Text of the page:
Fears Over U.S. Farmland “Bubble” Seen As Unfounded

Fears that rising farmland values may be building toward a bubble are overblown, according to a leading U.S. farmland investor.

The fundamental factors driving rising farmland values are long term and are coupled with low debt levels in the sector, indicators not commonly associated with asset class “bubbles,” said Hancock Agricultural Investment Group (HAIG) president Jeffrey Conrad.

“You cannot look at farmland values in a vacuum. You have to look at your earnings as well, and when you look at that you get a different story,” Conrad said. “I don’t think we have a bubble.”

Boston-based HAIG manages about $1.3 billion of agricultural real estate for institutional investors, including public and corporate pension funds and corporate taxable investors, and is among the largest U.S. players in this space. The group oversees about 210,000 acres of U.S. farmland across the country.

Banking officials, including Federal Deposit Insurance Corp. chairman Sheila Bair, have been growing increasingly vocal about rising values for U.S. farmland.

Farmland prices are 58 per cent above their 2000 levels in inflation-adjusted terms, according to the FDIC. Unlike other real estate assets, farmland prices have not fallen during the economic downturn.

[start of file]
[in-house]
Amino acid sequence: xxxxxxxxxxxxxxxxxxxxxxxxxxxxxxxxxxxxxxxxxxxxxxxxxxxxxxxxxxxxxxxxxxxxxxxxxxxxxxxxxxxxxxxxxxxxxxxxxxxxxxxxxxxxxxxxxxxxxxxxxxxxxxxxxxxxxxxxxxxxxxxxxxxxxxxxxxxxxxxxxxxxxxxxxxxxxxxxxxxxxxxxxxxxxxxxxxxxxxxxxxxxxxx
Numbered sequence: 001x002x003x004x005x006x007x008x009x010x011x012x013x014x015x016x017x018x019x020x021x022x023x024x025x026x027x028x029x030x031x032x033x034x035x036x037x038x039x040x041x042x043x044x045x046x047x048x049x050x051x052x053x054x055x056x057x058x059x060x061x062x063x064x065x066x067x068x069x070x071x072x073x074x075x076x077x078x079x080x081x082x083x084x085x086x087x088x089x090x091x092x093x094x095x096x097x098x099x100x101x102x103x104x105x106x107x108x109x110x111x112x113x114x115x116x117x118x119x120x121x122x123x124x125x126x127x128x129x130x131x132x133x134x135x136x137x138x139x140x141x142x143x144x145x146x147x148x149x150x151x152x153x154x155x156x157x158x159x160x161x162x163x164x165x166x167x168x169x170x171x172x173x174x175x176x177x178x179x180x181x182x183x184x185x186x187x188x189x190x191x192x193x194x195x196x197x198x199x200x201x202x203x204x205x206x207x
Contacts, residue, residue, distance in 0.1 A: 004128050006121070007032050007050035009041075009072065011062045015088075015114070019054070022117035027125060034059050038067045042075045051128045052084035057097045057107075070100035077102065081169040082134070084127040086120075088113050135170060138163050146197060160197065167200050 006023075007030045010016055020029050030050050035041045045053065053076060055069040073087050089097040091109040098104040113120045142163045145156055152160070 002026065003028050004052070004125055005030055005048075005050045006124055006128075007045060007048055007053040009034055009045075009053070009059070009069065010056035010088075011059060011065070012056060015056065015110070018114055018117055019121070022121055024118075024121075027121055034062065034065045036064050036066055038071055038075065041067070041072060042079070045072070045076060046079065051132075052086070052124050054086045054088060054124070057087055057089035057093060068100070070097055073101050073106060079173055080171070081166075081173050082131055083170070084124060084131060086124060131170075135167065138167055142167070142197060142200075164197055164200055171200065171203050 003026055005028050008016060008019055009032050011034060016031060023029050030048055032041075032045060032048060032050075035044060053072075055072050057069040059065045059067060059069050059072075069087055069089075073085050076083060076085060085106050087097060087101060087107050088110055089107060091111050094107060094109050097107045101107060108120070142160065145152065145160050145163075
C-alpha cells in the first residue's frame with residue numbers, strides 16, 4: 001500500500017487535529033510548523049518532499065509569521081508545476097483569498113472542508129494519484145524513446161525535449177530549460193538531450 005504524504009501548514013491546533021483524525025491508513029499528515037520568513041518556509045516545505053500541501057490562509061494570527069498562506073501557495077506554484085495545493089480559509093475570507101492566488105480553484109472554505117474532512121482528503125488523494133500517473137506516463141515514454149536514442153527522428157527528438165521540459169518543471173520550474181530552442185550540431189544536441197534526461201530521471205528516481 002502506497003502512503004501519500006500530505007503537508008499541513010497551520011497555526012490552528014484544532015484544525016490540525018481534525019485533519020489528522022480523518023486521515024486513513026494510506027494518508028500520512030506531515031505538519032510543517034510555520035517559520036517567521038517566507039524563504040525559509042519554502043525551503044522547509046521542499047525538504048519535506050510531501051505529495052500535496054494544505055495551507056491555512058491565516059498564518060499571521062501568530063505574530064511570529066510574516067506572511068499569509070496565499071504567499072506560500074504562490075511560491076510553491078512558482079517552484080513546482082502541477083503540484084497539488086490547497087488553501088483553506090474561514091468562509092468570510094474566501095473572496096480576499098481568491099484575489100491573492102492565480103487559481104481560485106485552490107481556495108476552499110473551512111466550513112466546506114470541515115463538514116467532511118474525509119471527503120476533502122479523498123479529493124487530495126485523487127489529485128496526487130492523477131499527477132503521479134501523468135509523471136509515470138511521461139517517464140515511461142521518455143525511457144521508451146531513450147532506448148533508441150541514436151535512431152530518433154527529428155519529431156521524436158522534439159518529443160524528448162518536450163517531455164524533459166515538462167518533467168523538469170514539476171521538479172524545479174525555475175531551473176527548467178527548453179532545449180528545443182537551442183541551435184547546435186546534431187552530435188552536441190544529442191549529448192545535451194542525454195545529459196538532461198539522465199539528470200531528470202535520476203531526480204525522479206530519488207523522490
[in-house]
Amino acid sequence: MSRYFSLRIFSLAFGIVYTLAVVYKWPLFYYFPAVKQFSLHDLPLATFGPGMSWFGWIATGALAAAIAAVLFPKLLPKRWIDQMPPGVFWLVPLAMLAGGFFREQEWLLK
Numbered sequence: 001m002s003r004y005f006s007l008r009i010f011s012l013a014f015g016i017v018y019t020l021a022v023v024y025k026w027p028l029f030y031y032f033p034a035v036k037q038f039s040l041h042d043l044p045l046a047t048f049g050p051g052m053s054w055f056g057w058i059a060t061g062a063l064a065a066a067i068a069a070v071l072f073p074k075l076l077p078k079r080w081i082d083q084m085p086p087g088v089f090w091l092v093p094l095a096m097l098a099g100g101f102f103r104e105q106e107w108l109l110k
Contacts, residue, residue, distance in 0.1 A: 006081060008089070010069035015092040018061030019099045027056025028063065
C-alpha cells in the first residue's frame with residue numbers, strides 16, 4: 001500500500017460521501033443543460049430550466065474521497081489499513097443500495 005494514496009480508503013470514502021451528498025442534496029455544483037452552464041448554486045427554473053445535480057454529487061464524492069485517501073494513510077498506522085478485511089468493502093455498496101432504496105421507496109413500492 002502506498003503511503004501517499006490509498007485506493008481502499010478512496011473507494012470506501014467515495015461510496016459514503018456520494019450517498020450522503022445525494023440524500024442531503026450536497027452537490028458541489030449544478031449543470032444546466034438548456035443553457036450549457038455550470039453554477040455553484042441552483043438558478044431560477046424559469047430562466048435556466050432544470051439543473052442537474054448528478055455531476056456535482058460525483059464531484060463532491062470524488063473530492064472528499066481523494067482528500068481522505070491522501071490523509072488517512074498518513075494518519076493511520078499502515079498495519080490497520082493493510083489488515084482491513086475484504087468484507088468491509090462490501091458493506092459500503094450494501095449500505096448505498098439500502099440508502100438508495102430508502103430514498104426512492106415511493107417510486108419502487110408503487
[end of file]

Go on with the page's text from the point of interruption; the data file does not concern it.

Still, Conrad said his group continues to actively buy up U.S. farmland despite rising values that have key corn and soybean land in the U.S. Midwest

and Plains commanding over $7,000 an acre in some cases.

Drawing on recent USDA data, HAIG estimates farm debt has declined 39 per cent in real terms since peaking in 1981 while net farm income per acre increased 52 per cent.

Hancock said even though the lofty prices now being commanded by corn, soybeans and wheat in the U.S. futures markets may not be sustained over the long term, farmland returns for investors have remained consistently in the black despite swings in commodity prices over the last several years.

A growing global population and strong export demand for corn, soybeans and other crops, combined with a weaker dollar that further enhances the competitiveness of U.S. commodities, are all factors favouring further gains in farmland values.

“The real unknown that we are all facing is will the demand continue to grow in China and some of these emerging markets,” Conrad said. “As long as we have a strong export market … I don’t think we are in a position to see a bubble here.”




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